Soccer Moguls in Annual Confab
Some tall doings are expected before this weekend is out in Detroit, Mich., where the annual meeting of the U. S. F. A. is being held. Not since the organization of the Association have so many important matters been involved in this annual sessions and the outcome will disclose whether the American Soccer League continues as an associate member of the organization or whether the strong Eastern circuit will conduct its affairs independently. It is understood that the American Soccer League is not desirous of causing a split in the ranks but feels that the circuit is now an institution that should have a dominant voice in the doings of the National Commission. Several requests are before that body and pending disposition will decide the future status of the league to the association.
Self Supporting and Strongest Clubs
The American Soccer League has developed to that stage that the executives feel that they should be entitled to dictate instead of being ordered about at the will of the National Commission. The league is self supporting and would be even more so if the one-third cut of the gate receipts of the semi-final and finals of the cup competitions were allowed to remain in their own treasury or rather be split among the competing clubs in the cup affairs. It is understood that more than $10,000 reverted to the coffers of the National Commission from the cup game receipts. Then again the league clubs have developed to such a stage that without the least question of doubt they are the strongest aggregations in the country and without comparison. This is emphatically indicated by the fact that the American League teams captured all National and all cup honors and the runners-up and contenders were likewise league teams. The League does not want to assume an antagonistic attitude or one of guiding the soccer destinies of this country. But does want recognition of its request and unless granted threatens to run its business independently according to their own ideas.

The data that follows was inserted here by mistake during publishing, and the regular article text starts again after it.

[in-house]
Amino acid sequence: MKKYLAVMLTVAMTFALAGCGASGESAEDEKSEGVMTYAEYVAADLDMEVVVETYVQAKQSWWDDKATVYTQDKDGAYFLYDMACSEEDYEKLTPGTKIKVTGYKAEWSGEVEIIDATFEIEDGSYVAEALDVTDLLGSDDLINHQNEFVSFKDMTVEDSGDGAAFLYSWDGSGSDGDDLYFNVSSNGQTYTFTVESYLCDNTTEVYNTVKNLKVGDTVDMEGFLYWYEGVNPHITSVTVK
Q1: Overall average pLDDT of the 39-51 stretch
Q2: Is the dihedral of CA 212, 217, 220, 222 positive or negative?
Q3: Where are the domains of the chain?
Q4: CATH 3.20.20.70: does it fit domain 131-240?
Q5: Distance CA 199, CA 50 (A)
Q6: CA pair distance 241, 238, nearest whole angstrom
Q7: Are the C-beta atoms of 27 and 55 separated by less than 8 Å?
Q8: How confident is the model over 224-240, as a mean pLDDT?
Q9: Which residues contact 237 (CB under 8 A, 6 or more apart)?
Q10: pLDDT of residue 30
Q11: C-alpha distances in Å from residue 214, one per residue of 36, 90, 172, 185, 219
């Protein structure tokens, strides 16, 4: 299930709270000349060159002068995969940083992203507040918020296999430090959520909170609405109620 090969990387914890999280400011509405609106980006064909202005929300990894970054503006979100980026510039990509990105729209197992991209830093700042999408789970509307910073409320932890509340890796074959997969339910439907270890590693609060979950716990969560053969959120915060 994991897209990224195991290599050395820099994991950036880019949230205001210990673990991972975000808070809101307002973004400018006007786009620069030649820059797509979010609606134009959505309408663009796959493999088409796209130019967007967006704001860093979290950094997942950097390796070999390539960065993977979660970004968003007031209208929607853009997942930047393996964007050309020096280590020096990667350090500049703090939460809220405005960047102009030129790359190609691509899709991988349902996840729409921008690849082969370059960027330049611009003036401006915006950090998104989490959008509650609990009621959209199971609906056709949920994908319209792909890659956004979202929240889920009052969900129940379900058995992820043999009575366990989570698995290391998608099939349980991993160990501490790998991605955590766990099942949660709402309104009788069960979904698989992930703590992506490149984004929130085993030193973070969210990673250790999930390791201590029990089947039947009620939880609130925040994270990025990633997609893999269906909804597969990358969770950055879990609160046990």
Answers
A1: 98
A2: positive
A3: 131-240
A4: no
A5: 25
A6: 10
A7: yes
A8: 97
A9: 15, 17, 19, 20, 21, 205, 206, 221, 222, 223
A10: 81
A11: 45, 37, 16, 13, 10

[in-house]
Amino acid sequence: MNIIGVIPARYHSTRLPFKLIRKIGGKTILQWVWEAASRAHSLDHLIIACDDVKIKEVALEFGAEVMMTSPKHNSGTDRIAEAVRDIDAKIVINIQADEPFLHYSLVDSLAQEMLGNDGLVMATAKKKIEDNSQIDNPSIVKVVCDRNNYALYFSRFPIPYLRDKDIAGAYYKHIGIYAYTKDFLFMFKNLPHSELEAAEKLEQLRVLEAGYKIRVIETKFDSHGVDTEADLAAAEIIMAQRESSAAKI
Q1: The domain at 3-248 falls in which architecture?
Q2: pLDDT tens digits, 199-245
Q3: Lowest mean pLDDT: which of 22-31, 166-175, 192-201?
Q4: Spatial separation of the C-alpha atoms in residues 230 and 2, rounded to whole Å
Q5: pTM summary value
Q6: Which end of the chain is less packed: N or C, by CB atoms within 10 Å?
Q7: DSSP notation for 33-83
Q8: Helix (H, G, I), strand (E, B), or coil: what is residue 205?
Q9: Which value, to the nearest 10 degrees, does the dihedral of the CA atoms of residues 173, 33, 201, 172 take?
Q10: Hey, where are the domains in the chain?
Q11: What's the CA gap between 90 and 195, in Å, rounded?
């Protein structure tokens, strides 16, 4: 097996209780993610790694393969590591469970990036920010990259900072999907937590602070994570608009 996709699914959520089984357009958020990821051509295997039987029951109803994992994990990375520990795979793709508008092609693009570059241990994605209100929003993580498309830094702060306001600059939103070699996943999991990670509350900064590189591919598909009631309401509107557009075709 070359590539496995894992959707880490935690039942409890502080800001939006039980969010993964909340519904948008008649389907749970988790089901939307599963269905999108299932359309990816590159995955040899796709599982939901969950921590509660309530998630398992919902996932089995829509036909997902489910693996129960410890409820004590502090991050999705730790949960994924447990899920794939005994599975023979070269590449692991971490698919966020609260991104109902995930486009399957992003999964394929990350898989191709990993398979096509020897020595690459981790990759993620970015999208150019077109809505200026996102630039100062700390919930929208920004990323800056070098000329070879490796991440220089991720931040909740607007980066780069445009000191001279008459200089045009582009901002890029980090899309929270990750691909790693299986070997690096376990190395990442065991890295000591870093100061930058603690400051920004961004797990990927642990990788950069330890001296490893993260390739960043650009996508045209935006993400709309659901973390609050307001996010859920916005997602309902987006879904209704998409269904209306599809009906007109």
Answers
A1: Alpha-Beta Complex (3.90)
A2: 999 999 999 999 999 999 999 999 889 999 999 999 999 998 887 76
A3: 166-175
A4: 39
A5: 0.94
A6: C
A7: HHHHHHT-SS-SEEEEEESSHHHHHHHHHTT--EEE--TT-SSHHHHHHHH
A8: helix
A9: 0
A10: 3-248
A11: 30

Cahill Matter to Be Aired
One of the discussions that is sure to create a gigantic display of fireworks is that referring to Thomas H. Cahill, known as the daddy of soccer in this country, who as his reward for his services was rather suddenly "given the air" recently. Delegates from all over the country are present at the meeting and it is quite likely that the many among these who have been staunch to Cahill are going to tear off a piece of their mind and not be sparing to the executive. The receptive attitude of the American League toward the deposed secretary in electing him to a similar office in the Eastern circuit is certain to have a bearing on the attitude of those who are attending the meeting. Should matters be reconsidered by the league executives, it is doubtful if Cahill could again be induced to accept the job.
What the League Wants
The congenial and active Mike Kelly, vice president of the American Soccer League is the representative at the U. S. F. A. meeting. Kelly went to Detroit with the league's proposition and advices received indicate that the association is receptive to practically all of them. The league requests associate membership but is making no concession to be duly recognized as such. If anything, the concessions, whatever they might be, must come from the National body, if the latter desires to remain on friendly terms with the American circuit. The league has things pretty well sewed up on the East with twelve leading clubs unanimous in their approval of the matters presented to the National Association. Most important of the requests is that all league teams be eliminated from the first three or four rounds of the cup competition and compete only in the semi-final and finals. If this request is approved it will mean that only the strongest competition will grace the schedule of the various league clubs and that the many good dates wasted with teams far inferior in the past will be eliminated. At the next meeting of the American League to be held the latter part of this month, Mr. Kelly will submit his report and on the action taken will hinge the future relations of the league to the National Association.